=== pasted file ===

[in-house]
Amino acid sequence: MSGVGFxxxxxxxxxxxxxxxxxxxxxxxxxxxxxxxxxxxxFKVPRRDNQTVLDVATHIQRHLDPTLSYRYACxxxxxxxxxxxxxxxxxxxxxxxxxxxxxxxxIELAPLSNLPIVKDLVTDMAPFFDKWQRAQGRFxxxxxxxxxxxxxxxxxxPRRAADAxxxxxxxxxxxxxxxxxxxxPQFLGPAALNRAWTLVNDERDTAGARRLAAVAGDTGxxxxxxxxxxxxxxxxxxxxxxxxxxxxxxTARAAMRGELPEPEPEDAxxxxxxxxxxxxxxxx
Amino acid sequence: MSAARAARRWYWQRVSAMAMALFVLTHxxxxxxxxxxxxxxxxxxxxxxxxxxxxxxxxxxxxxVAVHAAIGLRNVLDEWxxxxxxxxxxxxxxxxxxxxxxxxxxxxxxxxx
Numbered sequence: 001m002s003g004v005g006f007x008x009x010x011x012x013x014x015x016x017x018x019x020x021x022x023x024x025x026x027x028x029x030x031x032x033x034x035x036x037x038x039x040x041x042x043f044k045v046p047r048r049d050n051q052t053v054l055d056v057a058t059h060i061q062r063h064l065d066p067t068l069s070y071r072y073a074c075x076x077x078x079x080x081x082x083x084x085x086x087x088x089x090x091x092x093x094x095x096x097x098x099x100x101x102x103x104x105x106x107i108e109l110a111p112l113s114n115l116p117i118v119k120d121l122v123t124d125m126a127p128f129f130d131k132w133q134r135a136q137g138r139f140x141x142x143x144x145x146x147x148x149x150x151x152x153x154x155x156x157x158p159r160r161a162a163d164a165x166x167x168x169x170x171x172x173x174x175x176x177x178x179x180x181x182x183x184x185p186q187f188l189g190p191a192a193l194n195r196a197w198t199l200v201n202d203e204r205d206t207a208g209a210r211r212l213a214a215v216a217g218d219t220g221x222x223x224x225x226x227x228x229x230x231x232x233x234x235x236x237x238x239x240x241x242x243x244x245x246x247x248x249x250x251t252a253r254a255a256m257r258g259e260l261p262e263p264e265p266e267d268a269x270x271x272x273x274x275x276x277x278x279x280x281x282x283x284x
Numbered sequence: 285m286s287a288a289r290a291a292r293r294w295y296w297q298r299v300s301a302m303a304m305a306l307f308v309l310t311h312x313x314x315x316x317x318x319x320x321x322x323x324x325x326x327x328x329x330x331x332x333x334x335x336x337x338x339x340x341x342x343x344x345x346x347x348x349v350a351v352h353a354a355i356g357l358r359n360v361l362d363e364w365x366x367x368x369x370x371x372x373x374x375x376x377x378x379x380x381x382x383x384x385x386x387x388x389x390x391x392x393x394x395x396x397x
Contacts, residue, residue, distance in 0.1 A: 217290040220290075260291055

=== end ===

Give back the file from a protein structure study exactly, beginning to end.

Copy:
[in-house]
Amino acid sequence: MSGVGFxxxxxxxxxxxxxxxxxxxxxxxxxxxxxxxxxxxxFKVPRRDNQTVLDVATHIQRHLDPTLSYRYACxxxxxxxxxxxxxxxxxxxxxxxxxxxxxxxxIELAPLSNLPIVKDLVTDMAPFFDKWQRAQGRFxxxxxxxxxxxxxxxxxxPRRAADAxxxxxxxxxxxxxxxxxxxxPQFLGPAALNRAWTLVNDERDTAGARRLAAVAGDTGxxxxxxxxxxxxxxxxxxxxxxxxxxxxxxTARAAMRGELPEPEPEDAxxxxxxxxxxxxxxxx
Amino acid sequence: MSAARAARRWYWQRVSAMAMALFVLTHxxxxxxxxxxxxxxxxxxxxxxxxxxxxxxxxxxxxxVAVHAAIGLRNVLDEWxxxxxxxxxxxxxxxxxxxxxxxxxxxxxxxxx
Numbered sequence: 001m002s003g004v005g006f007x008x009x010x011x012x013x014x015x016x017x018x019x020x021x022x023x024x025x026x027x028x029x030x031x032x033x034x035x036x037x038x039x040x041x042x043f044k045v046p047r048r049d050n051q052t053v054l055d056v057a058t059h060i061q062r063h064l065d066p067t068l069s070y071r072y073a074c075x076x077x078x079x080x081x082x083x084x085x086x087x088x089x090x091x092x093x094x095x096x097x098x099x100x101x102x103x104x105x106x107i108e109l110a111p112l113s114n115l116p117i118v119k120d121l122v123t124d125m126a127p128f129f130d131k132w133q134r135a136q137g138r139f140x141x142x143x144x145x146x147x148x149x150x151x152x153x154x155x156x157x158p159r160r161a162a163d164a165x166x167x168x169x170x171x172x173x174x175x176x177x178x179x180x181x182x183x184x185p186q187f188l189g190p191a192a193l194n195r196a197w198t199l200v201n202d203e204r205d206t207a208g209a210r211r212l213a214a215v216a217g218d219t220g221x222x223x224x225x226x227x228x229x230x231x232x233x234x235x236x237x238x239x240x241x242x243x244x245x246x247x248x249x250x251t252a253r254a255a256m257r258g259e260l261p262e263p264e265p266e267d268a269x270x271x272x273x274x275x276x277x278x279x280x281x282x283x284x
Numbered sequence: 285m286s287a288a289r290a291a292r293r294w295y296w297q298r299v300s301a302m303a304m305a306l307f308v309l310t311h312x313x314x315x316x317x318x319x320x321x322x323x324x325x326x327x328x329x330x331x332x333x334x335x336x337x338x339x340x341x342x343x344x345x346x347x348x349v350a351v352h353a354a355i356g357l358r359n360v361l362d363e364w365x366x367x368x369x370x371x372x373x374x375x376x377x378x379x380x381x382x383x384x385x386x387x388x389x390x391x392x393x394x395x396x397x
Contacts, residue, residue, distance in 0.1 A: 217290040220290075260291055